November 18, 2019 Reading Time: 6 minutes
The struggle sessions of command economies

During my first year of graduate school at UCLA in the mid-1980s, I was paired with a roommate from the People’s Republic of China. Being a welcoming host, I served as his tour guide around Westwood on his first night in America, taking him out for a pizza at Numero Uno and walking through the local shops. He was amazed at the wide variety of goods we had, including a Ronald Reagan punching bag in one of the novelty stores.

“You can punch your president?” he asked. “Of course you can,” I replied and followed up with a left jab to the nose of the inflatable Gipper. (This wasn’t a partisan political statement as much as it was a poke at the ruling class in general.)

A few weeks later, in return for my helping him get acclimated to the US, my Chinese roommate presented me with a gift. He was a bit embarrassed by it, because it was all he had to give considering that he was “schooling on the cheap.” Nonetheless, I was absolutely thrilled.

“What was the gift?” you ask. 

A genuine, communist-made Mao jacket, olive green in color.

The gift happened to be a piece of clothing that my roommate had brought with him as part of his regular wardrobe (though he had not yet worn it). His clothes, in general, were pretty standard: white shirts and dark slacks. I asked if he really wanted to part with this and he replied, “Oh yes. Everybody has these in China and nobody likes them.” I appreciated his honesty. (Jocularity aside, “giving someone the shirt off your back” is actually a very noble gesture.)

I was elated by this gift considering that my young scholar’s sympathies ran a bit to the socialist left. My interest in the Central American revolutions at the time, a reason for my pursuing graduate studies, only made the thrill of having a revolutionary Mao jacket all the more special.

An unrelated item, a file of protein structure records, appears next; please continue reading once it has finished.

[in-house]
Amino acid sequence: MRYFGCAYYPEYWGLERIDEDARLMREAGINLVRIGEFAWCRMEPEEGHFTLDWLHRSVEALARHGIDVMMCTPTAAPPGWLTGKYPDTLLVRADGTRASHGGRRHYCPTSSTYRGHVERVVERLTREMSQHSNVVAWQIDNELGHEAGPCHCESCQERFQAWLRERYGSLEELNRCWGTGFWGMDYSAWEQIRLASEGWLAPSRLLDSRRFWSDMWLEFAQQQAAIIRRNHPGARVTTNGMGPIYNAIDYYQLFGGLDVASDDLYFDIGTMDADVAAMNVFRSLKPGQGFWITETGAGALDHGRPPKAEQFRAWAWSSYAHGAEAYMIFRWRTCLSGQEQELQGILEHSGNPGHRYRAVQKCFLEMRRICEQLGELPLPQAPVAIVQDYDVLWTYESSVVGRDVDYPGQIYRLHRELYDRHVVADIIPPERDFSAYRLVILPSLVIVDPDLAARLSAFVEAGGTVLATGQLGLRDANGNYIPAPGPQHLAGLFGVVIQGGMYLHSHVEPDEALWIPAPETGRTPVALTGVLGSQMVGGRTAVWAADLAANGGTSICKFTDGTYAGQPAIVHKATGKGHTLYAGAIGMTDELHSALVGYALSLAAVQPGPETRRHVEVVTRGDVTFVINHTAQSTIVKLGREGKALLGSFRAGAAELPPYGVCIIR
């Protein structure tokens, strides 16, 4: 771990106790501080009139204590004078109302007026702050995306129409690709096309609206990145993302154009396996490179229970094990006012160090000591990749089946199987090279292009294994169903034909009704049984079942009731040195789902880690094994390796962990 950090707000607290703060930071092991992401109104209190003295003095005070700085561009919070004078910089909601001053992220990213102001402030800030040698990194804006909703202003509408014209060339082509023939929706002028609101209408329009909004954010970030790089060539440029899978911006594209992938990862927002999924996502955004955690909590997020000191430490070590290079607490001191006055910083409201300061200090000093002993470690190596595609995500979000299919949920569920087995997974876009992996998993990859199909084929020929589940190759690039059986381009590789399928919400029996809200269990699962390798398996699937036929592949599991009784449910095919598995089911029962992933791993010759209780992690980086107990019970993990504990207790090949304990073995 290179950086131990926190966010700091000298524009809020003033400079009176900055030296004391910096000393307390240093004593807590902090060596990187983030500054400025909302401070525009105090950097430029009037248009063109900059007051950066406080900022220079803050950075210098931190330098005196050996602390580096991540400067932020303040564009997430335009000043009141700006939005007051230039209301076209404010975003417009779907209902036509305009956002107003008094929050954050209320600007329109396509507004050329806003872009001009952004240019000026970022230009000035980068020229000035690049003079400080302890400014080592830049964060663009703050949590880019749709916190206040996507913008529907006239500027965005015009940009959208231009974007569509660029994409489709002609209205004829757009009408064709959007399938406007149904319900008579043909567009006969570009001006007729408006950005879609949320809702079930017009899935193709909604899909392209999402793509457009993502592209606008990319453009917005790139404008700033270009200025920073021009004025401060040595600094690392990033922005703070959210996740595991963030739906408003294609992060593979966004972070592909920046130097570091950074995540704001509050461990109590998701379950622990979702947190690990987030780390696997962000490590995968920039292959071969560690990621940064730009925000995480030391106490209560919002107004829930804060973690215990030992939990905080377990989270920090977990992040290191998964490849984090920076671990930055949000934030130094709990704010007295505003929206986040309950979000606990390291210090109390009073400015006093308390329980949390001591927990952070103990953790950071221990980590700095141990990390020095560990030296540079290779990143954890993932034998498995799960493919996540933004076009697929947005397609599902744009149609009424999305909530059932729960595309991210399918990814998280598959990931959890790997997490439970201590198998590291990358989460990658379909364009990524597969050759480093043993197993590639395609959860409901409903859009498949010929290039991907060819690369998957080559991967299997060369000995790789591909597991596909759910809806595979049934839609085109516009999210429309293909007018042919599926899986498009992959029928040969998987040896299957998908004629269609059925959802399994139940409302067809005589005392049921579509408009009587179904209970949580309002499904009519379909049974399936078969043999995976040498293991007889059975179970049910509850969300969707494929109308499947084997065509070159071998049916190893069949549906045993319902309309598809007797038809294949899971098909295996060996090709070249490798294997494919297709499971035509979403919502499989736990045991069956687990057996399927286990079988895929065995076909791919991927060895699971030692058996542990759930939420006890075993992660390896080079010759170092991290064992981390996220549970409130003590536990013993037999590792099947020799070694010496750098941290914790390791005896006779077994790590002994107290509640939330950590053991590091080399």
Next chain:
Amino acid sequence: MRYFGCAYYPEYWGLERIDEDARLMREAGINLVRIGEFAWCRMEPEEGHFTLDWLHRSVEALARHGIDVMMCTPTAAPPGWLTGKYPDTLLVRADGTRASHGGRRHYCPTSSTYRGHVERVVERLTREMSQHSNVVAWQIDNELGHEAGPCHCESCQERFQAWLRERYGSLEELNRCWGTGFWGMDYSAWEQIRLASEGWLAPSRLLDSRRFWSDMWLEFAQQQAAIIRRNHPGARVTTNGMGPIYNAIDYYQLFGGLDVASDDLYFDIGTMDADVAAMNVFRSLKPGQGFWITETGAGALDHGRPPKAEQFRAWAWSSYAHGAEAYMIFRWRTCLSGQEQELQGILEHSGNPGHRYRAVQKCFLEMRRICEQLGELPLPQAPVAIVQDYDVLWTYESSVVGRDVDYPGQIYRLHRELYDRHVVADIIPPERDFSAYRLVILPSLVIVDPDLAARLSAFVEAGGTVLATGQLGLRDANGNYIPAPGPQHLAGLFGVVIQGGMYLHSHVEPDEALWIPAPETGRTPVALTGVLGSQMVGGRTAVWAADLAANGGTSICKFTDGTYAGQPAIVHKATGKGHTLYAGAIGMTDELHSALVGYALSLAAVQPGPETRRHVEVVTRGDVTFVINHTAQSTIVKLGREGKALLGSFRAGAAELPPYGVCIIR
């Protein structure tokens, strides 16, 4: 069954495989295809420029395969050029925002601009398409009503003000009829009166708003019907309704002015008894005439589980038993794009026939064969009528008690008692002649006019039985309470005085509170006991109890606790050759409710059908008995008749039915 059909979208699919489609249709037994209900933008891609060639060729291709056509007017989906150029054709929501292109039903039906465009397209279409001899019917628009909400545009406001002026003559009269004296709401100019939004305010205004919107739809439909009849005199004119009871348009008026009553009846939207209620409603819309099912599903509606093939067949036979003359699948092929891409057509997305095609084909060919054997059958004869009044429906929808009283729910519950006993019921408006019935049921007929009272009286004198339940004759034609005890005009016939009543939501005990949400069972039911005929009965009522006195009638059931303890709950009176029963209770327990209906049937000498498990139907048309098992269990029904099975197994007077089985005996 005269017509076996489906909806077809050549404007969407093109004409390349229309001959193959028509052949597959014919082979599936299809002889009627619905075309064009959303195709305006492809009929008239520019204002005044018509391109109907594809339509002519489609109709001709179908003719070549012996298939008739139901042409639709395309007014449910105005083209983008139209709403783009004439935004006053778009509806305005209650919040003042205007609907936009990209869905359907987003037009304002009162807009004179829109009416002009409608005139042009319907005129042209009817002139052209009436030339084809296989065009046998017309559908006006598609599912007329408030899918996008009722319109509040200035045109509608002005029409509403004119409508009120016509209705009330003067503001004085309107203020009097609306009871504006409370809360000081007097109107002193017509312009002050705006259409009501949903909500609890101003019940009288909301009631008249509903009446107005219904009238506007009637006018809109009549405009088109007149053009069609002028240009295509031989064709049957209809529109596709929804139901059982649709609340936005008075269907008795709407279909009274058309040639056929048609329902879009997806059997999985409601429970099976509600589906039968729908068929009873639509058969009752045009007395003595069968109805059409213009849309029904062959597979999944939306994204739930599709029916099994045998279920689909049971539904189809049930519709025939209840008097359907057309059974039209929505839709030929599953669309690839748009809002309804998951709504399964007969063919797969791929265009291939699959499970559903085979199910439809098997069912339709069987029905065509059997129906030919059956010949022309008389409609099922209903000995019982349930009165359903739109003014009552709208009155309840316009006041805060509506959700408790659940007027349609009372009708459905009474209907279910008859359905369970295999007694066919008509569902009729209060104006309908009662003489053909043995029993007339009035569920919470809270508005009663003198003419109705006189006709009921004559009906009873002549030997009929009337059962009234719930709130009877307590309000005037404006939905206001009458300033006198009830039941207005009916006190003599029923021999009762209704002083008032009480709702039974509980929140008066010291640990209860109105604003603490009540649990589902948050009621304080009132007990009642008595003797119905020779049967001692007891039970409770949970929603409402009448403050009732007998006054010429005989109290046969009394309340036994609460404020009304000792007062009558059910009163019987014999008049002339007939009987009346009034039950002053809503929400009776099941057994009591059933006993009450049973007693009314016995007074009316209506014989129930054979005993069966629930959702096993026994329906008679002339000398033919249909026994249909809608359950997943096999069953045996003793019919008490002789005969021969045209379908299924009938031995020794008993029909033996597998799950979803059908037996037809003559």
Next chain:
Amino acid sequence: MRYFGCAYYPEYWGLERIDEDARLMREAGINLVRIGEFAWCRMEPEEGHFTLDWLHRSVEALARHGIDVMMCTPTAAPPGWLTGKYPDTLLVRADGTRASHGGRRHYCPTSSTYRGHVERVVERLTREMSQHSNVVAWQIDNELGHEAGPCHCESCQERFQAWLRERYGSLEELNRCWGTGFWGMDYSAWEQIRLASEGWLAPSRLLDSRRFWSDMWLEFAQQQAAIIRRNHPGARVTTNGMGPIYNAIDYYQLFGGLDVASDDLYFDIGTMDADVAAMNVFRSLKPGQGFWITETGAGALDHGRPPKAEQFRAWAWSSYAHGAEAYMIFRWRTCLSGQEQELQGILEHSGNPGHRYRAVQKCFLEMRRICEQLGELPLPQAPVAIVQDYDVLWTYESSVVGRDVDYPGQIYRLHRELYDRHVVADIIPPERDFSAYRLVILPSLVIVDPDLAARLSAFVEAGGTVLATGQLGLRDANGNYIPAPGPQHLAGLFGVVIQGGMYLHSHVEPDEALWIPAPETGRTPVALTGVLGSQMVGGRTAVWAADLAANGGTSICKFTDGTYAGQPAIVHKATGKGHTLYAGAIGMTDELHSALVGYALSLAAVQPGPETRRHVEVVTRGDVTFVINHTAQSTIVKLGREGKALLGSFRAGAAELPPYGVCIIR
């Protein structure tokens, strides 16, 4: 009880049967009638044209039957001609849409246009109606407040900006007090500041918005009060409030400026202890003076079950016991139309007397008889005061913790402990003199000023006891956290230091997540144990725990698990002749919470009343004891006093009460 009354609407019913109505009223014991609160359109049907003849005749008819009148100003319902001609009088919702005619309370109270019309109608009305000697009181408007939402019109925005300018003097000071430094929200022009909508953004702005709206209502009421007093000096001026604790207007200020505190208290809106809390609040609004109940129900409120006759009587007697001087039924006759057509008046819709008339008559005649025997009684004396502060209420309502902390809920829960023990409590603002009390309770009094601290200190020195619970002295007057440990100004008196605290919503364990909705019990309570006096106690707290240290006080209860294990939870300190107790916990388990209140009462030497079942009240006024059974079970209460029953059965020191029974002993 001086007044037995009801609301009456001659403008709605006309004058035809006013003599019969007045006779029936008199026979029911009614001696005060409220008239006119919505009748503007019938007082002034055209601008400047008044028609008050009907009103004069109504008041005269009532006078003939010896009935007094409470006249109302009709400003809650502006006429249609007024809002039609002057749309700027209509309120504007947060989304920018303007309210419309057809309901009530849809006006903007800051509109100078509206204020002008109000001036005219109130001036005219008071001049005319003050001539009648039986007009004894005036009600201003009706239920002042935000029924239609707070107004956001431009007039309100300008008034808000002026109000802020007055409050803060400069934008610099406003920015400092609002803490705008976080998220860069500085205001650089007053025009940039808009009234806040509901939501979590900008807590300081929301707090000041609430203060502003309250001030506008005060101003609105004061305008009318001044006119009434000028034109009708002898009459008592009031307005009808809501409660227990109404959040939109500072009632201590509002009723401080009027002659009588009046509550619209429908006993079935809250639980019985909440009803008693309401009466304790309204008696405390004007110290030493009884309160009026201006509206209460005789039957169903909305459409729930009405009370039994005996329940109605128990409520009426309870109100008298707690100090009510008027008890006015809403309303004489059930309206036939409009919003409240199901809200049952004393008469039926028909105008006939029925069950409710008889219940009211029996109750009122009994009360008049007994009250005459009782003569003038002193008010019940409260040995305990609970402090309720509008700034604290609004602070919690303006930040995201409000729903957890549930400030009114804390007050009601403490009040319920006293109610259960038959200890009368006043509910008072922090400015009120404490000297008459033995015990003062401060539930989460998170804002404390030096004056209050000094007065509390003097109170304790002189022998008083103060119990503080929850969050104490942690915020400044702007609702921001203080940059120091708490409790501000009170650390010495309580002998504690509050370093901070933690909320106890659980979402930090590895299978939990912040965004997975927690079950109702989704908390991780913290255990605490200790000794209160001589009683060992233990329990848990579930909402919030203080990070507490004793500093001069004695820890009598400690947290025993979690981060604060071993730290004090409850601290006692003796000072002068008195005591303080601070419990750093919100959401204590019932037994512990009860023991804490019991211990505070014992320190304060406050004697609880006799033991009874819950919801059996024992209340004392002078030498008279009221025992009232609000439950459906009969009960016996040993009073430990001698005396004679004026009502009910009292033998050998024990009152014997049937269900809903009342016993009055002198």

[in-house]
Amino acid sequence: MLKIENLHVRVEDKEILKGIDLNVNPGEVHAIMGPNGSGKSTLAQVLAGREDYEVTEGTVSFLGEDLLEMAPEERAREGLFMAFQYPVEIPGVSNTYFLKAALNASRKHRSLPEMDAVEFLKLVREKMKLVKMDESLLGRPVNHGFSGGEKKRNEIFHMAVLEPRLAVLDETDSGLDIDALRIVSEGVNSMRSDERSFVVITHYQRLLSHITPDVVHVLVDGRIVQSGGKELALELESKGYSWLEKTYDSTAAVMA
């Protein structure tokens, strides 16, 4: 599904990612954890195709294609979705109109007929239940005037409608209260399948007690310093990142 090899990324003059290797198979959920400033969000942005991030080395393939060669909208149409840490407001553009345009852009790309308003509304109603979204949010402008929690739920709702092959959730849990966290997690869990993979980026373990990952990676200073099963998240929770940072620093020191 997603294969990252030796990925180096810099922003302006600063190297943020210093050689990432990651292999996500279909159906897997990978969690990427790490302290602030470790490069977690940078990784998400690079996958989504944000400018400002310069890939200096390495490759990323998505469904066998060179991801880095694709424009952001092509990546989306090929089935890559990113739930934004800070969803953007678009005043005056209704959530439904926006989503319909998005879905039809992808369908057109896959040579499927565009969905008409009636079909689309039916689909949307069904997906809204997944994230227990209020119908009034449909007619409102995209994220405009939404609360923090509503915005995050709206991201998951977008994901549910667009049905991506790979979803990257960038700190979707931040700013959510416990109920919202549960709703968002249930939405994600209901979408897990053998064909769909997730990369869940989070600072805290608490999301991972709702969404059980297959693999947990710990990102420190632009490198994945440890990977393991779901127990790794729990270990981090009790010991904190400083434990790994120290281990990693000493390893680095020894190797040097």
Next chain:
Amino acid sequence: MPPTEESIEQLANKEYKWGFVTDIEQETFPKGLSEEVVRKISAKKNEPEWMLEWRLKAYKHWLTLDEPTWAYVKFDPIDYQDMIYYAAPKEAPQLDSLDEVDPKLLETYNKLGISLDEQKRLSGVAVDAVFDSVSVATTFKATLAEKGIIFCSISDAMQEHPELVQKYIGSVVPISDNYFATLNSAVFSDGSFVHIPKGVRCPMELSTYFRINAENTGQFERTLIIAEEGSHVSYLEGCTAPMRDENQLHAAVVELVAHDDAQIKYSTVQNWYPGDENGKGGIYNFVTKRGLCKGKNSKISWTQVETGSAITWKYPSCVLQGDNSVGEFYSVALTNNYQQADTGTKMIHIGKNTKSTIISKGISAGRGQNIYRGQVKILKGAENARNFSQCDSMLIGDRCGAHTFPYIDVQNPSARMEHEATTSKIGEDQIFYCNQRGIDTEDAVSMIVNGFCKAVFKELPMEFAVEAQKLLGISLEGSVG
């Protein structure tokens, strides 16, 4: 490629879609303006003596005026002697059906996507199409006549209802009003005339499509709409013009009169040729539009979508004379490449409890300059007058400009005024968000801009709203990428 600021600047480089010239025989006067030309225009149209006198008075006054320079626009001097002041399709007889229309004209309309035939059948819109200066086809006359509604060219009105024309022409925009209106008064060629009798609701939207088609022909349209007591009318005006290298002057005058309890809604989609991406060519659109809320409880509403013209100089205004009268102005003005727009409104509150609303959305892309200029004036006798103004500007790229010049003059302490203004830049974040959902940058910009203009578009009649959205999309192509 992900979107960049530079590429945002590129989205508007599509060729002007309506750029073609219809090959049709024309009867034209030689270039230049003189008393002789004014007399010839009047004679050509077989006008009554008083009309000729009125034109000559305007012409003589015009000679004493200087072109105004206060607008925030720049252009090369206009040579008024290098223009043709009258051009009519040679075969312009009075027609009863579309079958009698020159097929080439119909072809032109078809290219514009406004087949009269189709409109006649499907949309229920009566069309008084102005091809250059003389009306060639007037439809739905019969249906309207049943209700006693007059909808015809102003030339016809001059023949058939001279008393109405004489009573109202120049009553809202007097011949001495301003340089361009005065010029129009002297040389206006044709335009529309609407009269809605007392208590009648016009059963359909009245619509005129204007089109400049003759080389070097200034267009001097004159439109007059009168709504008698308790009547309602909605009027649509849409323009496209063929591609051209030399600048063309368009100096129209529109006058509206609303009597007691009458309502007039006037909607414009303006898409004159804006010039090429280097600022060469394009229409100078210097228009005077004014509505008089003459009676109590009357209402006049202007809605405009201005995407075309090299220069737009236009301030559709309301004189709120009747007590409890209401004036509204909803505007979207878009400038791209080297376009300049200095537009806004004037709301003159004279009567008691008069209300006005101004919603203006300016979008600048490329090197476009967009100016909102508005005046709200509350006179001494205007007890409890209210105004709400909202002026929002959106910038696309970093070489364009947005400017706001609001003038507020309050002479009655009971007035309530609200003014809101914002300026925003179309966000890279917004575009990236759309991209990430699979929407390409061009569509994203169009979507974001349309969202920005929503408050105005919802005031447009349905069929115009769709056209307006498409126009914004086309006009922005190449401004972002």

One of the first things I noticed, though, was that the jacket had several cigarette burns in the fabric. I asked him if he had worn it before while smoking and he told me that he never tried the jacket on and cigarette burns on recently-manufactured clothing are pretty common in China.  “How progressive,” I thought. “They even let their workers take smoking breaks while working! In California they make you step outside.”

While the gift of the Mao jacket reinforced the importance of graciousness as a means of bridging cultural divides, there was yet a more important lesson to be learned about the limitations of command economies when it came to providing social welfare.

As noted, my Chinese roommate mentioned that everybody in the PRC wore these Mao tunics and other standard-issue clothing. If you view all the revolutionary portraiture of Communist China, particularly during the Cultural Revolution, everybody was depicted wearing Mao jackets. Elite members of the party were always dressed in this basic uniform and society followed suit. And although Deng Xiaoping’s liberalizing reforms in the 1980s prompted a tad more variety of clothing in the PRC, fashion choices were still quite limited. Glimpse at photos taken during the Tiananmen Square protests and you will quickly notice that everybody is dressed roughly the same, with a few brave souls wearing Adidas-branded sweatshirts (probably with fewer cigarette burns). This wasn’t a society wallowing in the wildly-varied costuming of Western hippies during the 1960s and ‘70s. 

And it wasn’t only China. Recall pictures of people in the Soviet Union and Eastern Europe. The photos show individuals wearing roughly the same style and color of clothing, none of it particularly vibrant. Customers shopping at their department stores didn’t have to psychologically wrestle with choosing amongst a myriad of colors, patterns, and cuts of clothing. Drab was the fashion of communism.

What accounts for this “unbearable drabness?”  Several possibilities suggest themselves.

First, the answer may be simple demand.  Citizens of the PRC and Soviet Union chose these similar, monochromatic clothes because that is what they liked.  It isn’t surprising to find individuals mimicking the styles of their peers.  

Bankers tend to dress in the same business attire – navy suits, white shirts, red ties (or a white blouse and sensible shoes). Professors wear tweed.  Skateboarders don baseball caps backwards and lace up Skechers (or whatever the cool sneaker is nowadays). And since socialist nations emphasize the importance of belonging to a greater community, it shouldn’t be surprising that they would want to look alike.

Perhaps. However, Soviet citizens craved blue jeans from Western visitors.  The protesters of Tiananmen Square showed an incipient desire for varied (often Western-style) clothing, and definitely not Mao jackets. My graduate roommate couldn’t wait to shop the stores of Los Angeles and diversify his wardrobe. Today, in Seattle, our visiting students from China rush to the malls to snap up any and all varieties of attire.  The most diverse and wildly-fashioned clothing can be found on PRC undergraduates.